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York Notes on Shakespeare's "Othello" (York Notes Advanced) Paperback – 15 Oct 1998

4.6 out of 5 stars 40 customer reviews

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Paperback, 15 Oct 1998
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Product details

  • Paperback: 144 pages
  • Publisher: Longman; 1st edition (15 Oct. 1998)
  • Language: English
  • ISBN-10: 0582329086
  • ISBN-13: 978-0582329089
  • Product Dimensions: 14.5 x 0.8 x 20.9 cm
  • Average Customer Review: 4.6 out of 5 stars  See all reviews (40 customer reviews)
  • Amazon Bestsellers Rank: 395,623 in Books (See Top 100 in Books)

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Customer Reviews

4.6 out of 5 stars
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By A Customer on 8 April 2004
Format: Paperback
All I can say is that if you're studying A-level Othello, this is the book to have. Its informative, detailed, and brings up many good points which you'd otherwise not think of. A definate buy for those who wish to succeed in their exams.
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Format: Paperback
I am confident that I am not exaggerating when I choose to say that never before have I found any study aid so helpful in guiding me through the structured learning of an exam text. I've found learning Othello both rewarding and enjoyable, and would strongly suggest that if anyone else is studying Othello at A level in this way, that they also choose to get hold of this book.
In particular the two areas of characterisation and critical history were well laid out and structured well allowing me to easily refer to them and absorb the knowledge ready to combat structured notes, and then proceed to an essay. The critical history was laid out in a relevant and well-structured format with adequate references for further reading. With the help of this guide I also found quotes easy to find and prioritise for use in an essay.
All together a wonderful study guide. Very helpful and quite surprisingly (for me!) enjoyable to use at A level!
Thank you York notes, thank you Rebecca Warren and thank you Amazon! Hurrah!
Kathryn McClure, London
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By A Customer on 27 Jun. 2004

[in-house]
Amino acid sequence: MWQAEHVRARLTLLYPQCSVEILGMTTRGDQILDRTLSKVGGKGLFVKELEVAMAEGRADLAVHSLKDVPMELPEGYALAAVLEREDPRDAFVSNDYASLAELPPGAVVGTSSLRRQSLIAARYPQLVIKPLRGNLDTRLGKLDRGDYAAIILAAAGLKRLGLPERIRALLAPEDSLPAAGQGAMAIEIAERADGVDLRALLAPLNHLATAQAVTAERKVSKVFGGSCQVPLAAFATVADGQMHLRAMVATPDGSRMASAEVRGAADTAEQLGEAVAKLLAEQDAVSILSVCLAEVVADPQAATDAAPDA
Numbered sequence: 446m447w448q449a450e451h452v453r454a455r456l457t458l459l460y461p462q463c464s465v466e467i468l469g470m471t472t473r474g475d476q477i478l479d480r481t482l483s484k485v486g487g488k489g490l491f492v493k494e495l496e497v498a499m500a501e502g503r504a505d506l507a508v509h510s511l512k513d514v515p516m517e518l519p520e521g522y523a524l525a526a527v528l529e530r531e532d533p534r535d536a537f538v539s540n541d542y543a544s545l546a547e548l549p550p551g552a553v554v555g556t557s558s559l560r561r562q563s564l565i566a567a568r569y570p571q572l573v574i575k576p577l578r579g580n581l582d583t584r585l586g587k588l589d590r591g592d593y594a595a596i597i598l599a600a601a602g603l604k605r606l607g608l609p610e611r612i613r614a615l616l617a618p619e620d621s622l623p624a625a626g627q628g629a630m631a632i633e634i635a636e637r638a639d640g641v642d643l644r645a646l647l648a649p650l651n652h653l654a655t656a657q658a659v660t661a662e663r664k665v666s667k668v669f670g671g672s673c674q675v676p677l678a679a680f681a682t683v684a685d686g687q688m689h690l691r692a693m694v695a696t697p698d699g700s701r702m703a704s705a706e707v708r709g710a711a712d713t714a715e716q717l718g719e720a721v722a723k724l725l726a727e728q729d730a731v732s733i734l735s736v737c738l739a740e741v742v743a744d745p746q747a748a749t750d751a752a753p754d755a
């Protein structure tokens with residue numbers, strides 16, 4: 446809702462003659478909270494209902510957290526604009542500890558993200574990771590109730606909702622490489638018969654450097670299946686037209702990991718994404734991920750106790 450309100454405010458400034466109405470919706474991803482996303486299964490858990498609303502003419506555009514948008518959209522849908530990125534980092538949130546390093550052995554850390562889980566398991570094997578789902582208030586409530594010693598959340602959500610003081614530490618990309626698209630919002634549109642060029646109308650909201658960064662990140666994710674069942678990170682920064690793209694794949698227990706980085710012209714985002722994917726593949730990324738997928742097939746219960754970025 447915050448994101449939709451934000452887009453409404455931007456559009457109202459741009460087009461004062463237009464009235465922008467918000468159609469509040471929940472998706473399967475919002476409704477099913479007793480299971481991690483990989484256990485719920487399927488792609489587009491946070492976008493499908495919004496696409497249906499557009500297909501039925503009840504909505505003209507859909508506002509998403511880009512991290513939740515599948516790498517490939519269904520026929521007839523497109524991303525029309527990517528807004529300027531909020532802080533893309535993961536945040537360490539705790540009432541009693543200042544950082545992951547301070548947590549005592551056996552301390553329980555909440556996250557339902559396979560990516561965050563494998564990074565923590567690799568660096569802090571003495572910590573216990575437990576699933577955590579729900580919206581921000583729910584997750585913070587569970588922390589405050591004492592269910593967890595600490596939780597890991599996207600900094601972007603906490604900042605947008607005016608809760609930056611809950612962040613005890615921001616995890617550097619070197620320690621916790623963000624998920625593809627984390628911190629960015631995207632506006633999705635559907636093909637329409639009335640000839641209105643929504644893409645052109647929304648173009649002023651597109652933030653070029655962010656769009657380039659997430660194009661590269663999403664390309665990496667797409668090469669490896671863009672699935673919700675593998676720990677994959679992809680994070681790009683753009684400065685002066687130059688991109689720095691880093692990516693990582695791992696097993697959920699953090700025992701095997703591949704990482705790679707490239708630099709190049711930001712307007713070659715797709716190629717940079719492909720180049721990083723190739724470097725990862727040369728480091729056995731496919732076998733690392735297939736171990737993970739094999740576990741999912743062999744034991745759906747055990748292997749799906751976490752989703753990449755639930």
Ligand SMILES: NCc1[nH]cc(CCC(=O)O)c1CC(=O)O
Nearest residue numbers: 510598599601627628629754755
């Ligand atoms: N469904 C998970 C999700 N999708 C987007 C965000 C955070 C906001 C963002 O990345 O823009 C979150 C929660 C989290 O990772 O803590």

Format: Paperback
This book help me greatly in my a level revision it gave excellent idea's and opinions which i had not heard of before and gave me a new perspetive on the play
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Format: Paperback
The York Guide to Othello was sophisticated in its ideas and really opened up areas of the play which I hadn't really thought about, and described them in the most mature way it could. However, there are a couple of problems with this book in the way that when analysing the acts, they are done by scene without reference to any specific action or character. This does make it slightly hard to follow at times when used in conjuntion with the text of the play and has a tendency to jump about the scene a lot and has a number of cross references in amongst the analysis for a particular scene. The theme and imagery section was excellent and clearly guided you through the play where these themes were employed and gave succint interpretations of each quotation. The character analysis was also excellent and examined each character fully, both the views of the character and their motives, along with their interaction with the other characters and how they develop throughout the play. The textual analysis is an excellent section as far as it goes, for it only takes three exampls from the whole play, and in my opinion not necessarily the most important scenes that need studying. If this section was longer or indeed more relevent then this would be of enormous benefit to the understanding of specific parts of the play. All in all, this is an excellent study guide, sophisticated yet guiding and even tho it has a few flaws these can be overlooked by the rest of the book which is well written, comprehensive and relevent. I would highly recommend this book for any A Level Englich student as it can only improve your understanding and interpretation of Othello and explore areas you would not otherwise have thought about.